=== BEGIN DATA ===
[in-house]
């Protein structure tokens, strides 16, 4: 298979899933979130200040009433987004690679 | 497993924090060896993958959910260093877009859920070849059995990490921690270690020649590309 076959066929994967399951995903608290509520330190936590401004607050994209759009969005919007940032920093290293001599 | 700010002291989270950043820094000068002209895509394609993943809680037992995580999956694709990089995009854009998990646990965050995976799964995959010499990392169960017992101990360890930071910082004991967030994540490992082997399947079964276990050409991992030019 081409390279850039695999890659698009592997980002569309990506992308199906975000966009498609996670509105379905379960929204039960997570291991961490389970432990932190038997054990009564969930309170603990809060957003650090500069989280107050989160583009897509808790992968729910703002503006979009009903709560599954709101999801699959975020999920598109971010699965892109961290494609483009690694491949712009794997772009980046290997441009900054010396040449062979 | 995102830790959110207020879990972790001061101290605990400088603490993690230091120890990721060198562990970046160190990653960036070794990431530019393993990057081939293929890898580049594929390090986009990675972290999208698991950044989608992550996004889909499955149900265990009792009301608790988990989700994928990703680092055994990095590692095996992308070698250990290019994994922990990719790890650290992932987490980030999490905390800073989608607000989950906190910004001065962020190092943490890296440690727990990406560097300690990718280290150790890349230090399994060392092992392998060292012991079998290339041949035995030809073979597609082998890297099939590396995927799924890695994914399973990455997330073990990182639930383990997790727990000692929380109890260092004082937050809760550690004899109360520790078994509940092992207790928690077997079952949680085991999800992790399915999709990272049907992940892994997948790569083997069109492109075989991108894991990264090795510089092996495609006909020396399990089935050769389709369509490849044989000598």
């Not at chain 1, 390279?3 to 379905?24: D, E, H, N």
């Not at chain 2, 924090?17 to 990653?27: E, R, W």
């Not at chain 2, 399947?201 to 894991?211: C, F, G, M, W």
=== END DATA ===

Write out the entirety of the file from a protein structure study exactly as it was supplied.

[in-house]
């Protein structure tokens, strides 16, 4: 298979899933979130200040009433987004690679 | 497993924090060896993958959910260093877009859920070849059995990490921690270690020649590309 076959066929994967399951995903608290509520330190936590401004607050994209759009969005919007940032920093290293001599 | 700010002291989270950043820094000068002209895509394609993943809680037992995580999956694709990089995009854009998990646990965050995976799964995959010499990392169960017992101990360890930071910082004991967030994540490992082997399947079964276990050409991992030019 081409390279850039695999890659698009592997980002569309990506992308199906975000966009498609996670509105379905379960929204039960997570291991961490389970432990932190038997054990009564969930309170603990809060957003650090500069989280107050989160583009897509808790992968729910703002503006979009009903709560599954709101999801699959975020999920598109971010699965892109961290494609483009690694491949712009794997772009980046290997441009900054010396040449062979 | 995102830790959110207020879990972790001061101290605990400088603490993690230091120890990721060198562990970046160190990653960036070794990431530019393993990057081939293929890898580049594929390090986009990675972290999208698991950044989608992550996004889909499955149900265990009792009301608790988990989700994928990703680092055994990095590692095996992308070698250990290019994994922990990719790890650290992932987490980030999490905390800073989608607000989950906190910004001065962020190092943490890296440690727990990406560097300690990718280290150790890349230090399994060392092992392998060292012991079998290339041949035995030809073979597609082998890297099939590396995927799924890695994914399973990455997330073990990182639930383990997790727990000692929380109890260092004082937050809760550690004899109360520790078994509940092992207790928690077997079952949680085991999800992790399915999709990272049907992940892994997948790569083997069109492109075989991108894991990264090795510089092996495609006909020396399990089935050769389709369509490849044989000598």
């Not at chain 1, 390279?3 to 379905?24: D, E, H, N």
């Not at chain 2, 924090?17 to 990653?27: E, R, W």
């Not at chain 2, 399947?201 to 894991?211: C, F, G, M, W």